busy work

Marketing or procrastinating?

by Jason on December 23, 2011 · 0 comments

Join procrastination club! photo by Nathaniel F

I’ve spent a lot of this week working on a new marketing program for January.  This is a good time of year to do that kind of thing, since most people are either on holidays or thinking about them, so getting a decision on a project during this window is like pulling teeth (though I did get one approval today, so add dentistry to my skill set…)

The thing is, spending a few days on something other than my core billable activity feels weird.  That said, I have mentors who say that working on marketing is the only core activity I should be doing, ever, but at this stage it feels like I might be doing it to avoid “real” work.

In other words, my marketing activities might be procrastination in disguise.

I’m pretty sure they’re not, but it’s been on my mind, especially as this project goes on and on for seemingly forever (I’m great at estimating technical work, but this is video and copywriting, which is new for me.)  Am I simply hiding from a slow period by “working on marketing?”

I think the answer comes from logging my work and measuring results.  There’s a cost to acquiring customers, and a cost for running campaigns, even if the only expenditure is time.  I’ll be able to directly measure the feedback that this upcoming campaign generates, and the key is to see if it’s working.  If it’s not, and I find myself spending time working on another system that’s almost the same, then yes, that’s procrastination.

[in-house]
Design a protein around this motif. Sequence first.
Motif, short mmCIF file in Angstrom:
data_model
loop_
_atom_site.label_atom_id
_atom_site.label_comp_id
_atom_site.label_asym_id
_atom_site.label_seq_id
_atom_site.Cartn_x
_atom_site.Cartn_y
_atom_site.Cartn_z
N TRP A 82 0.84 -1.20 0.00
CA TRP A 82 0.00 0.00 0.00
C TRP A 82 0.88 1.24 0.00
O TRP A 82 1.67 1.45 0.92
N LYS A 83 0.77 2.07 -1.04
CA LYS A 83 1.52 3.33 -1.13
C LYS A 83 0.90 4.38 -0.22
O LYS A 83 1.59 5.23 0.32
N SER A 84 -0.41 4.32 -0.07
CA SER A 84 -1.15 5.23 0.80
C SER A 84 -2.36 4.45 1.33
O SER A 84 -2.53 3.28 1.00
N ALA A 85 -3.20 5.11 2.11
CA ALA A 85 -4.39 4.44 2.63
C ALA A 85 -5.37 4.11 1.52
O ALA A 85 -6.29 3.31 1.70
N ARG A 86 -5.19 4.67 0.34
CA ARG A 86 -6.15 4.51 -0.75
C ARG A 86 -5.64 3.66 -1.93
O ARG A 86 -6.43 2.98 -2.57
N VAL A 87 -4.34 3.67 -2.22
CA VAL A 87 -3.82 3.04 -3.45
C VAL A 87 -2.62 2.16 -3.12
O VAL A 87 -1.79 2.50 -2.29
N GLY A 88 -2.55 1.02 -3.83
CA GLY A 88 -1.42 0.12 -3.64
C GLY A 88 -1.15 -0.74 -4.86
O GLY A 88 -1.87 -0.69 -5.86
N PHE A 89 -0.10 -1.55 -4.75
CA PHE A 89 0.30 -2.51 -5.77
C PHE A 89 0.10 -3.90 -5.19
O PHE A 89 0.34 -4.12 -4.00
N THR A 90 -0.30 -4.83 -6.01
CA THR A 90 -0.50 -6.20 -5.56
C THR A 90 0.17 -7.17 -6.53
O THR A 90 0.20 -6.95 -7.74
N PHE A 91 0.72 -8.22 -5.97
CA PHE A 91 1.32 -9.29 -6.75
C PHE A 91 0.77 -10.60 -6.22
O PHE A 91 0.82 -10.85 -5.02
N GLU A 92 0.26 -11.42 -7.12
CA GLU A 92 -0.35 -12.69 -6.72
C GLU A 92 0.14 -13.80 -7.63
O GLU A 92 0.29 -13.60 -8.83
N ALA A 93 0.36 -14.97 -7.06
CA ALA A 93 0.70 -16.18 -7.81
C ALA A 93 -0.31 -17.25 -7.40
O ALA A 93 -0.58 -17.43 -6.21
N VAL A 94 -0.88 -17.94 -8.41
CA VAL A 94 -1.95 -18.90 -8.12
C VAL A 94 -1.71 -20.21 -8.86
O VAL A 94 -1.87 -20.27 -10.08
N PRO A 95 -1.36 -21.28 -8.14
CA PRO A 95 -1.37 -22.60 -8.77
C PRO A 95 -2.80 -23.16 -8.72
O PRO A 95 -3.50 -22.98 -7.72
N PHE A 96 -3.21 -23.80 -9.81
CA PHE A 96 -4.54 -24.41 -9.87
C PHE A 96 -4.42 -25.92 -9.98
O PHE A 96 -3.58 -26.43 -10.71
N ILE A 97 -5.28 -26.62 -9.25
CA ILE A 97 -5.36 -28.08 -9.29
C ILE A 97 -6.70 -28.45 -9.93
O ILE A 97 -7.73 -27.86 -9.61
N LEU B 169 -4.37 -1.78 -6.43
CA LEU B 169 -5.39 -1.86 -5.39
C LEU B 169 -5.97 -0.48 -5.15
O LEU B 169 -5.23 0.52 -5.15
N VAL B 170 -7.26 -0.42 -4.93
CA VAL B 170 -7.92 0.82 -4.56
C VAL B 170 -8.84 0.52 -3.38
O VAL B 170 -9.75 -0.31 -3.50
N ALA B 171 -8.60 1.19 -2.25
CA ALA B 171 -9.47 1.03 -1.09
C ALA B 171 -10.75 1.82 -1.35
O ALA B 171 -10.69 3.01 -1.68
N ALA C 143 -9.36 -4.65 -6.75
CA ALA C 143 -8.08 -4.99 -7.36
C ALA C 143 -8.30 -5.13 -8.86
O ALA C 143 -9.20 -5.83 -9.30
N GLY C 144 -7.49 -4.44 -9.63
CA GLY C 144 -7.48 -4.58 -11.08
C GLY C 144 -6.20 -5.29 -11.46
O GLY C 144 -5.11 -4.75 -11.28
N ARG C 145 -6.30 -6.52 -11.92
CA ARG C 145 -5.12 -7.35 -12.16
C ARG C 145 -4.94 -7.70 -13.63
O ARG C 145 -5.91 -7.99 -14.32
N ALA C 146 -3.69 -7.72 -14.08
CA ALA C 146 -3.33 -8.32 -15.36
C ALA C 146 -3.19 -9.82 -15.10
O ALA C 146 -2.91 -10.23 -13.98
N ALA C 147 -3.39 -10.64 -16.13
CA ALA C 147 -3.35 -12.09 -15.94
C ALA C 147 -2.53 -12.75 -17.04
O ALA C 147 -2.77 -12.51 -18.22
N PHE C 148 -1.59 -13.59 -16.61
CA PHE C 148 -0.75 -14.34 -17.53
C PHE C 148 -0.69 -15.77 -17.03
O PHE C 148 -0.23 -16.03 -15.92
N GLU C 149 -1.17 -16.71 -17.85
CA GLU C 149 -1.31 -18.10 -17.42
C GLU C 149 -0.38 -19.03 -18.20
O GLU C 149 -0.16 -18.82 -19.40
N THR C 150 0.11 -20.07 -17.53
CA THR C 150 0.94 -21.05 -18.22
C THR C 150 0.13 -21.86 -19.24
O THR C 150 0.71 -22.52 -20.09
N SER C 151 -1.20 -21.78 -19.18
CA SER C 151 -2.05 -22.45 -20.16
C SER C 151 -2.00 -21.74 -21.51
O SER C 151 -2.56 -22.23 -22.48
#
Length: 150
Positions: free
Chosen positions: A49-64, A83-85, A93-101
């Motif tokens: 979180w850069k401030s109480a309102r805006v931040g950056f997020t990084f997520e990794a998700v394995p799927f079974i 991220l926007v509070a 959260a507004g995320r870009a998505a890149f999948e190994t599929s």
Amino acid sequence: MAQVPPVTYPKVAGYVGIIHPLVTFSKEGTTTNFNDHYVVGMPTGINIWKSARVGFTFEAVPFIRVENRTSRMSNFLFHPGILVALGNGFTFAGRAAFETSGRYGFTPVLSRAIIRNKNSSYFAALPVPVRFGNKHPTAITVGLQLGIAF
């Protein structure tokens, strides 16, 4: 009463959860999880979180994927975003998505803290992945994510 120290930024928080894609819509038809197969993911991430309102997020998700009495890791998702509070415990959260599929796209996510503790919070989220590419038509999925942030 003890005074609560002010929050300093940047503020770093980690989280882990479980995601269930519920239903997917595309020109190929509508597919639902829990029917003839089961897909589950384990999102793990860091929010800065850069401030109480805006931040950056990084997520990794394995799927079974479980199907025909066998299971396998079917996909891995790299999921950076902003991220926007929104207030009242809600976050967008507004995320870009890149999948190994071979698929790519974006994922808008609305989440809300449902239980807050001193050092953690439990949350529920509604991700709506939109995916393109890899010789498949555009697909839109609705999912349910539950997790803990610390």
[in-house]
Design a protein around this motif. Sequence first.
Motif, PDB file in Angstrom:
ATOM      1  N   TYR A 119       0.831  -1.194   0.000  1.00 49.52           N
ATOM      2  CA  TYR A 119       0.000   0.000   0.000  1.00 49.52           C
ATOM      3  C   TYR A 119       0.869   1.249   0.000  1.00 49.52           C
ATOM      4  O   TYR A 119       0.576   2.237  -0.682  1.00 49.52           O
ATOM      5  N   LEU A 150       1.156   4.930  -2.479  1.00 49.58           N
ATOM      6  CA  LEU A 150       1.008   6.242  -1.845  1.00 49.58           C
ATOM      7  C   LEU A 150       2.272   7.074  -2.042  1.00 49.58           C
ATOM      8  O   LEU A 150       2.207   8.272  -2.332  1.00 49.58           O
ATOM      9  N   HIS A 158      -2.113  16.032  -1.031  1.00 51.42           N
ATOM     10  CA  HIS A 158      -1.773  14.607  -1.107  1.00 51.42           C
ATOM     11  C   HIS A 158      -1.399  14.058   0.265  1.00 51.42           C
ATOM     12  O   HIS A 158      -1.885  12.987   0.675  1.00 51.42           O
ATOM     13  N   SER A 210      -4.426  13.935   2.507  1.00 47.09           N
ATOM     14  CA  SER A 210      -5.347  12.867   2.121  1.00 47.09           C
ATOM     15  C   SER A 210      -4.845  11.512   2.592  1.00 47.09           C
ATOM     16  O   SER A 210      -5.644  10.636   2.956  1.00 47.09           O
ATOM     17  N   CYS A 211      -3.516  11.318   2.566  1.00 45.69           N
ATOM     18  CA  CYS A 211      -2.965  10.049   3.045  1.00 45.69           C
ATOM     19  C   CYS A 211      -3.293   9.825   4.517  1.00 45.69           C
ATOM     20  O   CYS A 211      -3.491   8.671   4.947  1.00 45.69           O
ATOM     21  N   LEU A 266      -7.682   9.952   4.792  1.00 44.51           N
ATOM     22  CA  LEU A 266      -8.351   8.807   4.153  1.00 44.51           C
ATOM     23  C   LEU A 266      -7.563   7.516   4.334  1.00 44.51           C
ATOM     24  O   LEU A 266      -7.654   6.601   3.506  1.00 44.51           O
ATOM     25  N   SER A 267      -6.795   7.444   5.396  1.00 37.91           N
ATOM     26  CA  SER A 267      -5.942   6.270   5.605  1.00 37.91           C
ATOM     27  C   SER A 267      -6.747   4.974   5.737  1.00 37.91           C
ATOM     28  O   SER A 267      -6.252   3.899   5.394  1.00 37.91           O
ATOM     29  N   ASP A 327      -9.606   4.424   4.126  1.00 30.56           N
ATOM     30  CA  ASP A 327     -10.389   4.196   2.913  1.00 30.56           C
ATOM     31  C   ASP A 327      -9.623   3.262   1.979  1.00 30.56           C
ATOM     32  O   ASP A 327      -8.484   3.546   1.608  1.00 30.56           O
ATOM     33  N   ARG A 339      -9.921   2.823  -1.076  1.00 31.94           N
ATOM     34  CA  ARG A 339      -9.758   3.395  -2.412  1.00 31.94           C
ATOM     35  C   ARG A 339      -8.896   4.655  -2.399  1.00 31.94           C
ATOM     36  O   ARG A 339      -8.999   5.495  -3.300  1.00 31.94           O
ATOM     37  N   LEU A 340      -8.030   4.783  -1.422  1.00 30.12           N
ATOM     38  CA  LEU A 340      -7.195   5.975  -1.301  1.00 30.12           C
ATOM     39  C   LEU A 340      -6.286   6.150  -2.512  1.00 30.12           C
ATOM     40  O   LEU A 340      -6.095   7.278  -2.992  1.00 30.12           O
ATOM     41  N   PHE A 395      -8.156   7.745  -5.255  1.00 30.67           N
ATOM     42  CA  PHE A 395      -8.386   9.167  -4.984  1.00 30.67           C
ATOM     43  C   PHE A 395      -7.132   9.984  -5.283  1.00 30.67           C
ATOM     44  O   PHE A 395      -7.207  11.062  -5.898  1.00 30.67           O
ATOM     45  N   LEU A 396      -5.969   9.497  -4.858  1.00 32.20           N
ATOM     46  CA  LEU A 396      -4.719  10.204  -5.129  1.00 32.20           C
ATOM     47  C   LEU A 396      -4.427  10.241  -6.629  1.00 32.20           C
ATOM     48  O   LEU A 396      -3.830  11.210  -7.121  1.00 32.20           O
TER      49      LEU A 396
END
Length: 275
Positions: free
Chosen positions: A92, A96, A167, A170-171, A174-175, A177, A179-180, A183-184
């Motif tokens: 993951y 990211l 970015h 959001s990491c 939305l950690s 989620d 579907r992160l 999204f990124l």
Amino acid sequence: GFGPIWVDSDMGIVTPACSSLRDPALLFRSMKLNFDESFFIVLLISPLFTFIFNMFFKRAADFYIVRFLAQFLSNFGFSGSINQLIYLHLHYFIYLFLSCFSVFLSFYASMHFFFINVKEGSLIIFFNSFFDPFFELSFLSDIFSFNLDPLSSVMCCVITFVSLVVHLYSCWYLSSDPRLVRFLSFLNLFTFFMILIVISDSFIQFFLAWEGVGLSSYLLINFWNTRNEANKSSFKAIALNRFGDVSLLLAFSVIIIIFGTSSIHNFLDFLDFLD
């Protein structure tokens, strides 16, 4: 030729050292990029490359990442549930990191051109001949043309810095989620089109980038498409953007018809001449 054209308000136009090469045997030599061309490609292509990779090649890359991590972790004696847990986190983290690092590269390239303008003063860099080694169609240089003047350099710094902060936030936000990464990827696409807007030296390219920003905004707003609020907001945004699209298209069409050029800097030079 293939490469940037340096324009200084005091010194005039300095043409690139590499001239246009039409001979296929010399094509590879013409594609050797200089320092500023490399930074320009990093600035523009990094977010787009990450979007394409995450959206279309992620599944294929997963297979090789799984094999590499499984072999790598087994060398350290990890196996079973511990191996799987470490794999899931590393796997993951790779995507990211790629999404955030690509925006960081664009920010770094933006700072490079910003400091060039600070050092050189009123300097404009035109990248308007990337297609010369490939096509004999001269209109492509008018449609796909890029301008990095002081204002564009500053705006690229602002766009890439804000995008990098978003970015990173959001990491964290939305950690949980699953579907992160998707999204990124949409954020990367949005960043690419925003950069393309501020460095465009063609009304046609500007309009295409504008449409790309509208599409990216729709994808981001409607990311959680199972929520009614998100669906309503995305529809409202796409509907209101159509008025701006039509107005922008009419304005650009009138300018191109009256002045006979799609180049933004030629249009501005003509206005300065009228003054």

For the first run through though, it’s solid marketing work, plain and simple.  Projects like this should be big enough to be capable of generating a measurable result, but small enough that if it’s a total failure (as many early lessons can be) then I haven’t lost too much in terms of sunk time.

Truthfully, this one’s a bit larger than I’d like, but I’ll be able to track if it was worth it in a fairly short period of time, so there’s a good outcome either way – there’ll be more customers, in which case I’ll double down on the program, or it’ll flop and I’ll know if I’m “hiding” from tougher work if I catch myself wasting time doing more of the same.

Photo by Nathaniel F